Councilor Lori Stegmann, who pushed for Palmero to join the city council back in 2012, said Palmero brings a welcomed different perspective to the council.

“I think because in his professional life he works with low-income folks that are faced with the challenges of poverty on a day-to-day basis, Mario brings a very first-hand view of what the challenges are when you live in poverty,” Stegmann said. “He brings a compassionate, yet real view of what it’s like to not always know where your next meal is coming from or if you’re going to have shelter.”

Palmero is front and center to many of those issues as he lives in the Centennial neighborhood, off 182nd Avenue. That knowledge is especially important to Gresham now as the city embarks on a multi-million dollar plan to lift West Gresham from its reputation of poverty and crime.

“I am very grounded in the Rockwood community and try to get out as much as I can, but that’s different than when every day you are trying to solve people’s problems and at the same time you’re a policymaker that could be voting on things that effect those very people,” Stegmann said.

When the Gresham City Council embarked on its plan to get compensation for their volunteer civic jobs — which finally succeeded in May after numerous failed attempts — it was people like Palmero they hoped to attract.

“That’s what it was all about,” Stegmann said. “Allowing people who haven’t historically been able to serve because of either financial reasons or the constraints of having a nine-to-five job, but even in spite of those obstacles, Mario has stepped up because clearly we weren’t getting paid until recently.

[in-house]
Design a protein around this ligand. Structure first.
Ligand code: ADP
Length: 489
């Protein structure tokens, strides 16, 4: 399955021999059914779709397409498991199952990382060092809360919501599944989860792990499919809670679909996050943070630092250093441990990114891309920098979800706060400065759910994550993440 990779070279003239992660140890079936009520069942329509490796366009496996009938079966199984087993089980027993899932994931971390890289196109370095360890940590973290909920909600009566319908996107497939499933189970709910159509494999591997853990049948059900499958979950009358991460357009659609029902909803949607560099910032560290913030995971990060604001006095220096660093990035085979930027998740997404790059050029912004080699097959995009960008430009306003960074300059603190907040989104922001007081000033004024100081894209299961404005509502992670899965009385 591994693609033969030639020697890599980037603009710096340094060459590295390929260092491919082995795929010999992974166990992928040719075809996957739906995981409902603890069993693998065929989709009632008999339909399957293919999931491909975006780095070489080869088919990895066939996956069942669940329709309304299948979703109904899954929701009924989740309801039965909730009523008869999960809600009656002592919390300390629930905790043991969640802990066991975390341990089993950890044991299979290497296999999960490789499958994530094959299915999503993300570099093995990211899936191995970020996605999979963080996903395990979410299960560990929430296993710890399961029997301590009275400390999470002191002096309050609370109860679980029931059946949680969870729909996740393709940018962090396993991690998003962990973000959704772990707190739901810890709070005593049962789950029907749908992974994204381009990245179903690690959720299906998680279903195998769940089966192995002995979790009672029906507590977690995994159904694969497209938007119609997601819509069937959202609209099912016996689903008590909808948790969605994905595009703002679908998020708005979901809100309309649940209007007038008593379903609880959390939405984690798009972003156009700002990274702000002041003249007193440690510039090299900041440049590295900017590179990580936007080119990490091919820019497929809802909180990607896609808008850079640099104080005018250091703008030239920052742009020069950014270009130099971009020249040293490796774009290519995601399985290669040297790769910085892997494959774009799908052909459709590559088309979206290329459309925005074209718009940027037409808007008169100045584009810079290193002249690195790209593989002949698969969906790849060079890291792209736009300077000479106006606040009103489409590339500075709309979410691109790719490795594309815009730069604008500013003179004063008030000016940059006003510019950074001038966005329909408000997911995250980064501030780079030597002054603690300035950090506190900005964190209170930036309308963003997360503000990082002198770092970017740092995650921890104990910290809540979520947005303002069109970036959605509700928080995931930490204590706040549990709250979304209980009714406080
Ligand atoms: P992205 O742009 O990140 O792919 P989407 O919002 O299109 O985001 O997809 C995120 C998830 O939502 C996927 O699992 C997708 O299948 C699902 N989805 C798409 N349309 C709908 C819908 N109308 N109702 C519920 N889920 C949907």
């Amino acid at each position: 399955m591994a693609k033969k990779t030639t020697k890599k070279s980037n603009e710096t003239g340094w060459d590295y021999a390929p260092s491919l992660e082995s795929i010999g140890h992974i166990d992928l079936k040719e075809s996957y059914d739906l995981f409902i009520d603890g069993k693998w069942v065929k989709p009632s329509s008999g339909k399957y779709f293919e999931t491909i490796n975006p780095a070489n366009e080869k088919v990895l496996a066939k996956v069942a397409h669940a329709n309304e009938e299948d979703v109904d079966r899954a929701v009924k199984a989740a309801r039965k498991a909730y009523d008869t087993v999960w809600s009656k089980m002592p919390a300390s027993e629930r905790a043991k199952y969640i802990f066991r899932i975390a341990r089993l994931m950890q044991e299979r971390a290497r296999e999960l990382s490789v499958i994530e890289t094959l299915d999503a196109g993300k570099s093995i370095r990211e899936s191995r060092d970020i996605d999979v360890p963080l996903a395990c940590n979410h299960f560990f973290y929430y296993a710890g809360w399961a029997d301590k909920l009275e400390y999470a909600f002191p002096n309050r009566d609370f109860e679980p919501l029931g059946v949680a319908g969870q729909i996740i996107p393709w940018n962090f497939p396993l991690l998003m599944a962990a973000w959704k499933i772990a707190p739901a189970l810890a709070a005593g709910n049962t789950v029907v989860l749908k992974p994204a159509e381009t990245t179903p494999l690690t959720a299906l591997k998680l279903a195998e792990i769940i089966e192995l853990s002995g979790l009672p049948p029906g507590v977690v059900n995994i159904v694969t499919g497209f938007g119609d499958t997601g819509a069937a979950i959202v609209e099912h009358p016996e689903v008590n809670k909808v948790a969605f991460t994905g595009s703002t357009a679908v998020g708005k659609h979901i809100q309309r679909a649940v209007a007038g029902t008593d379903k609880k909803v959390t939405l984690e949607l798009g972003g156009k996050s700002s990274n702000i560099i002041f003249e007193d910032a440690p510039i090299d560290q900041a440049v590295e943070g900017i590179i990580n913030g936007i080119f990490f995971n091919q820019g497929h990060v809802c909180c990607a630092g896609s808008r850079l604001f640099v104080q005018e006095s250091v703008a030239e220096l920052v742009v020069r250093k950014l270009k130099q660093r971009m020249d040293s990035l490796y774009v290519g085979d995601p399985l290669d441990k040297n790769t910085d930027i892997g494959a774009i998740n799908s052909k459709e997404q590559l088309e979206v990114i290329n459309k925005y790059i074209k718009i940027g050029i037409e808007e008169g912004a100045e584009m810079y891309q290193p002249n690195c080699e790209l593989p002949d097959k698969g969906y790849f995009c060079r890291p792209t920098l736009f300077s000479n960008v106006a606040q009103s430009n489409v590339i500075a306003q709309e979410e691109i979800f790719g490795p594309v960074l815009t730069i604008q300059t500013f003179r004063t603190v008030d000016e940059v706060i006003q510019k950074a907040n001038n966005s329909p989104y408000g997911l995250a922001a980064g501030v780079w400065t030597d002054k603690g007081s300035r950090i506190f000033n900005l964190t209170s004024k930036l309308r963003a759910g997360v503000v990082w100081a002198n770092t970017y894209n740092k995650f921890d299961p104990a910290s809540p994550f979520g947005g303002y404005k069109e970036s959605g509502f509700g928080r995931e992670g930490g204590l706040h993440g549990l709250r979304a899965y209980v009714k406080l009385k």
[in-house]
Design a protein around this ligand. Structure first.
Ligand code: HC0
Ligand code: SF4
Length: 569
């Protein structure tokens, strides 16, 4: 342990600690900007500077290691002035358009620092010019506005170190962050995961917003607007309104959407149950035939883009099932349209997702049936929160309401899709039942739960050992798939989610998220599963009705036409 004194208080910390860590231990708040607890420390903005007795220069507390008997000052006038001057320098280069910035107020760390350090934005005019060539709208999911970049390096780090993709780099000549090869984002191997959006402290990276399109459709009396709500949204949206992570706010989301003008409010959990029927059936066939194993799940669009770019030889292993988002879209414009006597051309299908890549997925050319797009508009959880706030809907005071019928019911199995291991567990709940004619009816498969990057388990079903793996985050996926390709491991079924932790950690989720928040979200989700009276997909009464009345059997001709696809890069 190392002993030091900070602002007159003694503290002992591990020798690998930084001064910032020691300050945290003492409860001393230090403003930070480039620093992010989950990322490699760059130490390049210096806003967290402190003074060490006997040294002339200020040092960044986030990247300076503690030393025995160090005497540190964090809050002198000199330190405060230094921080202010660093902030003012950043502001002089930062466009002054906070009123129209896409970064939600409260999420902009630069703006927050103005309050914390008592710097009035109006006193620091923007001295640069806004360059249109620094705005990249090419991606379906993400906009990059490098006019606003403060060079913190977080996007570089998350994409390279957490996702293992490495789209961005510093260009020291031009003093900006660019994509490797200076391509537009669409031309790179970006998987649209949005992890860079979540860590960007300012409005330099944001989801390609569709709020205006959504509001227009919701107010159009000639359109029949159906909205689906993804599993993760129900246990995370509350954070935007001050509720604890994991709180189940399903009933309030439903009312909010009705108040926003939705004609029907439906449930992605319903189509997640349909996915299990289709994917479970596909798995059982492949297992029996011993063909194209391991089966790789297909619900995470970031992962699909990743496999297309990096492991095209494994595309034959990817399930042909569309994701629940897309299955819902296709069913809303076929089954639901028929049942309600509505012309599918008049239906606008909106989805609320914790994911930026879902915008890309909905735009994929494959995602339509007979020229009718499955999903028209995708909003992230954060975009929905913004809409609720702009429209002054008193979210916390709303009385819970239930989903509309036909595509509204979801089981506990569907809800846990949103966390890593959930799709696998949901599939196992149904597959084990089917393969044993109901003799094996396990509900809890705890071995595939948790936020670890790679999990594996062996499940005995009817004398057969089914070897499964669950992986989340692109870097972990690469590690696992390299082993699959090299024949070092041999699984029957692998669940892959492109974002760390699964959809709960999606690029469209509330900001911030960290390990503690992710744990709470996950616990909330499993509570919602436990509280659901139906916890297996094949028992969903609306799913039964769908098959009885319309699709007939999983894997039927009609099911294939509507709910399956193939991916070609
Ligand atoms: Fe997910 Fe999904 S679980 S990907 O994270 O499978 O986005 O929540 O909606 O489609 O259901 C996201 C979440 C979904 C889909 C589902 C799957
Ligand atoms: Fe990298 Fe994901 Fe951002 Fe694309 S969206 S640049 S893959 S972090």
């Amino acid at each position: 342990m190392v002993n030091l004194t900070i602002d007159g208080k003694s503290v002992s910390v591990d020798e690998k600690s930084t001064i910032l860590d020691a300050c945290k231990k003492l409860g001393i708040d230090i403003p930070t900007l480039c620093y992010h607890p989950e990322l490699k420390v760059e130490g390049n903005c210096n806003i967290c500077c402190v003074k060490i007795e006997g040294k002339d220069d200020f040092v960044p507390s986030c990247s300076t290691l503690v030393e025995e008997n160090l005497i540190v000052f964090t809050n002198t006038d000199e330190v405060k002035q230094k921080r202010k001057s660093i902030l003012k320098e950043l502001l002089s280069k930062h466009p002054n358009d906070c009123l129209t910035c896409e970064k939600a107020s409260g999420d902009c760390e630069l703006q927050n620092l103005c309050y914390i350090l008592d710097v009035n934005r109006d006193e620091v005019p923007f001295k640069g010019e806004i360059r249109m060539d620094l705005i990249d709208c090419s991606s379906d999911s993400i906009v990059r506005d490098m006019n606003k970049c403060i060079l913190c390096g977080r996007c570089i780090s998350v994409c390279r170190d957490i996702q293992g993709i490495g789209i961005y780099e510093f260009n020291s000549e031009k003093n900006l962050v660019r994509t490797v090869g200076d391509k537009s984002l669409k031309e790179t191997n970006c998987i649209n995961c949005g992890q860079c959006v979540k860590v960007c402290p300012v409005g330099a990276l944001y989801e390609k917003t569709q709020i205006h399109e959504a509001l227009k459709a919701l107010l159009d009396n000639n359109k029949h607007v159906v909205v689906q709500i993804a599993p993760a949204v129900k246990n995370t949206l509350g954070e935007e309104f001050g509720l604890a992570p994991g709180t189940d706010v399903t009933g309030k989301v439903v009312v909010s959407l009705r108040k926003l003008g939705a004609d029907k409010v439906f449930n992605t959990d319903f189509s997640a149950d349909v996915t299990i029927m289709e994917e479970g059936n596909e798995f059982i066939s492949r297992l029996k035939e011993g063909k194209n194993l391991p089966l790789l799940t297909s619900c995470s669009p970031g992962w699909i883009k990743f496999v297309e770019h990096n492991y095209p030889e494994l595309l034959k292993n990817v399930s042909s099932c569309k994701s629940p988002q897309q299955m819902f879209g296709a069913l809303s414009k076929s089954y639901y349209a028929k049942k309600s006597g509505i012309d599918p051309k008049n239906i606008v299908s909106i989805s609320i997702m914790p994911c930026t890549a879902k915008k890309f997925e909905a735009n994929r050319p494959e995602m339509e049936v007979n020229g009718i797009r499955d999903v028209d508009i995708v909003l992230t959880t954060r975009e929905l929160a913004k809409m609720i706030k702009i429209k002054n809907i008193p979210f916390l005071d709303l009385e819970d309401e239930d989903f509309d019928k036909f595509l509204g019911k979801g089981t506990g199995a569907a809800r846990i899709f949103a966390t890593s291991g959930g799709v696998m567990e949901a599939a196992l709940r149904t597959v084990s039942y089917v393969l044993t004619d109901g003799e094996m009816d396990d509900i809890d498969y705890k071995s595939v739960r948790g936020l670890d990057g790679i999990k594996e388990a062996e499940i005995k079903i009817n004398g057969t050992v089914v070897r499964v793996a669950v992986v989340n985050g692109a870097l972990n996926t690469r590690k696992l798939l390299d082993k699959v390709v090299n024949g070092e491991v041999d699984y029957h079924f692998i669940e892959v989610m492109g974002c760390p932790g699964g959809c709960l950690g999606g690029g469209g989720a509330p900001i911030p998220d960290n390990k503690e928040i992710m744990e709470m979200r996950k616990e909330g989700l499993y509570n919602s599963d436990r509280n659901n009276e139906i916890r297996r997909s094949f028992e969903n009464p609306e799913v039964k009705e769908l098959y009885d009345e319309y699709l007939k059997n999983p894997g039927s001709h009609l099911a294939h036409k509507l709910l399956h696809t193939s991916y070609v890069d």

“It speaks volumes about how much he cares about this community and the sacrifices he made,” Stegmann said.

Diverse representation

Palmero’s motivation to join the council came from seeing the gap between local government and minority groups. He hopes by being on the council, he’s helping to bridge that gap.

“It doesn’t matter where you come from or who you are, you can do whatever you want if you try hard ,” Palmero said.

Diego Hernandez, a Reynolds school board member and candidate for state representative, said its important to have more diverse voices in leadership roles.

“Historically, we’ve been underrepresented,” Hernandez said. “It’s also great to have representation from a person of color who wants to embrace diversity, wants to embrace immigrant communities and is not trying to go back to what Gresham used to look like.”

To ease the transition between council presidents, Hinton will show Palmero the ropes over the next few weeks. Covering for the mayor can be a “joy,” Hinton said, but is stressful as well.

After Palmero was named council president, he called his mother to tell her the good news. He said she was happy, but lovingly skeptical.

“She was like, ‘Well what does this mean?’” Palmero said. “(I said), If the mayor’s not there, I get to run the show. She still thinks I’m a troublemaker. She asked me, ‘Are you sure you know what you’re doing?’ and I said, ‘I never know what I’m doing’.”

“I hope two things,” Palmero concluded. “One, that I can be eff ective, and two, that I don’t let anyone down.”